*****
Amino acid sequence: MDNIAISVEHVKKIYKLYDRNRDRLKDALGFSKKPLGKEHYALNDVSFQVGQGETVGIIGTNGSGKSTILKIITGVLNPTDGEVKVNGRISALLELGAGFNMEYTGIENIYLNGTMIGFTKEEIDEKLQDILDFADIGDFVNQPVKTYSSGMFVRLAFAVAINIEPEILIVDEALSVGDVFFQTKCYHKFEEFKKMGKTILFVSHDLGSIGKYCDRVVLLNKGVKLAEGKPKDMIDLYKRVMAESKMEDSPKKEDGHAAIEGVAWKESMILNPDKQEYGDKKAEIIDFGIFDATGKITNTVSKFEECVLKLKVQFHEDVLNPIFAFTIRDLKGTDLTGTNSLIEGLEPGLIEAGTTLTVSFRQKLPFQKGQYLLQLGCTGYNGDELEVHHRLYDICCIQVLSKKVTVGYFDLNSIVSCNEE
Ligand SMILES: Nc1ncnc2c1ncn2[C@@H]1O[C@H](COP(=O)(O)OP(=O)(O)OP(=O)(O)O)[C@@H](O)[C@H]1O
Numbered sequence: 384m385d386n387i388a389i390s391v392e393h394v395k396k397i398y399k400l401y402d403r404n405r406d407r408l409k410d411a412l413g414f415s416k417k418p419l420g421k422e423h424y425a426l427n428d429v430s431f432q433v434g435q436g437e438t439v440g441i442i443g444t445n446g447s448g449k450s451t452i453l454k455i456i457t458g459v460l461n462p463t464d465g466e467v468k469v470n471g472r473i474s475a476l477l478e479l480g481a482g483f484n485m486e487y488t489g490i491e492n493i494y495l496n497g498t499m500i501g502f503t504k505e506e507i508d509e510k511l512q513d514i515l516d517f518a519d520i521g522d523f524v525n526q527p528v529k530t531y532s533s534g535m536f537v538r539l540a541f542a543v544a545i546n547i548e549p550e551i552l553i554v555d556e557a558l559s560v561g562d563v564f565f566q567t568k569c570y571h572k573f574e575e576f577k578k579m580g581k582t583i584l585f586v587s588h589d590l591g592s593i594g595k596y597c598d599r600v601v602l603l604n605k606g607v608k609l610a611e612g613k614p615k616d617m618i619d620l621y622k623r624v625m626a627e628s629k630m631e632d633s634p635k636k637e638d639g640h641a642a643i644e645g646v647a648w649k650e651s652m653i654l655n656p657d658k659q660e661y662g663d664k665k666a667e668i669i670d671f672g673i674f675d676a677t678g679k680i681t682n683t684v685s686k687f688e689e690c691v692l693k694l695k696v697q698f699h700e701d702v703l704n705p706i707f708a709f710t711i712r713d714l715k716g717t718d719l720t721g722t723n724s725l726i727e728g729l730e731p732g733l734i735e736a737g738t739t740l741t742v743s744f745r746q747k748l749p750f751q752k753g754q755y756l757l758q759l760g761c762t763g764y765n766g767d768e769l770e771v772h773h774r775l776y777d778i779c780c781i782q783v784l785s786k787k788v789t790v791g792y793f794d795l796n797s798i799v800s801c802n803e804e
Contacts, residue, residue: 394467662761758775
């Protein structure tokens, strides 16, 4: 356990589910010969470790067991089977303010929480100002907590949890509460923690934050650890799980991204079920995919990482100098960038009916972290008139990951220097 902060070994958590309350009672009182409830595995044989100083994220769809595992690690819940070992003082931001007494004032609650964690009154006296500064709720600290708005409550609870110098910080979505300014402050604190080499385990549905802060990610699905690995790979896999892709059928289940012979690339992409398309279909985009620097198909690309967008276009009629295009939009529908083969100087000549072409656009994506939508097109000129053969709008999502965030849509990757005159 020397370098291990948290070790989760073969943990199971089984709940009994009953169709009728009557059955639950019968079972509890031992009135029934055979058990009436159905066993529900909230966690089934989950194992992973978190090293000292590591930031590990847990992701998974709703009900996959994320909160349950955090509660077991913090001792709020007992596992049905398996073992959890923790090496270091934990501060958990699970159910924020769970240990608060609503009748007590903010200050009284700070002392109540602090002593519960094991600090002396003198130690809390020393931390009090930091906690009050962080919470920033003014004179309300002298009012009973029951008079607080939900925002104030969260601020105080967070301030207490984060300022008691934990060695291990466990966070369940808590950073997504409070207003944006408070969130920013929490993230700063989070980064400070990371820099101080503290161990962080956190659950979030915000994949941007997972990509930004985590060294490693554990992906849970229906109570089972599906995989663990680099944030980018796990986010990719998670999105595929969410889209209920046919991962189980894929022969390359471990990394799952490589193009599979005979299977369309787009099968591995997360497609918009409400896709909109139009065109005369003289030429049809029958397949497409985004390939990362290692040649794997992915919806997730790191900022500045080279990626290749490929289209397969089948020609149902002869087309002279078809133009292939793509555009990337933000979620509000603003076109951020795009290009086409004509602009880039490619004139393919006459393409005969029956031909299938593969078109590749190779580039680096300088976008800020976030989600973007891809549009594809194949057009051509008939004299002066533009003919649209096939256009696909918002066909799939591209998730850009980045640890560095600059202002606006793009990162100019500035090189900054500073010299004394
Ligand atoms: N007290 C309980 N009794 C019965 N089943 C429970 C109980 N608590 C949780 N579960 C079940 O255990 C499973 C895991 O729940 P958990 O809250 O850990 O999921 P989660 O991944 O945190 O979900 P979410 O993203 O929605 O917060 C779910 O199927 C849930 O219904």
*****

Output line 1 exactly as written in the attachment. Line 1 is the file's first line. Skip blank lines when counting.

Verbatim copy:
Amino acid sequence: MDNIAISVEHVKKIYKLYDRNRDRLKDALGFSKKPLGKEHYALNDVSFQVGQGETVGIIGTNGSGKSTILKIITGVLNPTDGEVKVNGRISALLELGAGFNMEYTGIENIYLNGTMIGFTKEEIDEKLQDILDFADIGDFVNQPVKTYSSGMFVRLAFAVAINIEPEILIVDEALSVGDVFFQTKCYHKFEEFKKMGKTILFVSHDLGSIGKYCDRVVLLNKGVKLAEGKPKDMIDLYKRVMAESKMEDSPKKEDGHAAIEGVAWKESMILNPDKQEYGDKKAEIIDFGIFDATGKITNTVSKFEECVLKLKVQFHEDVLNPIFAFTIRDLKGTDLTGTNSLIEGLEPGLIEAGTTLTVSFRQKLPFQKGQYLLQLGCTGYNGDELEVHHRLYDICCIQVLSKKVTVGYFDLNSIVSCNEE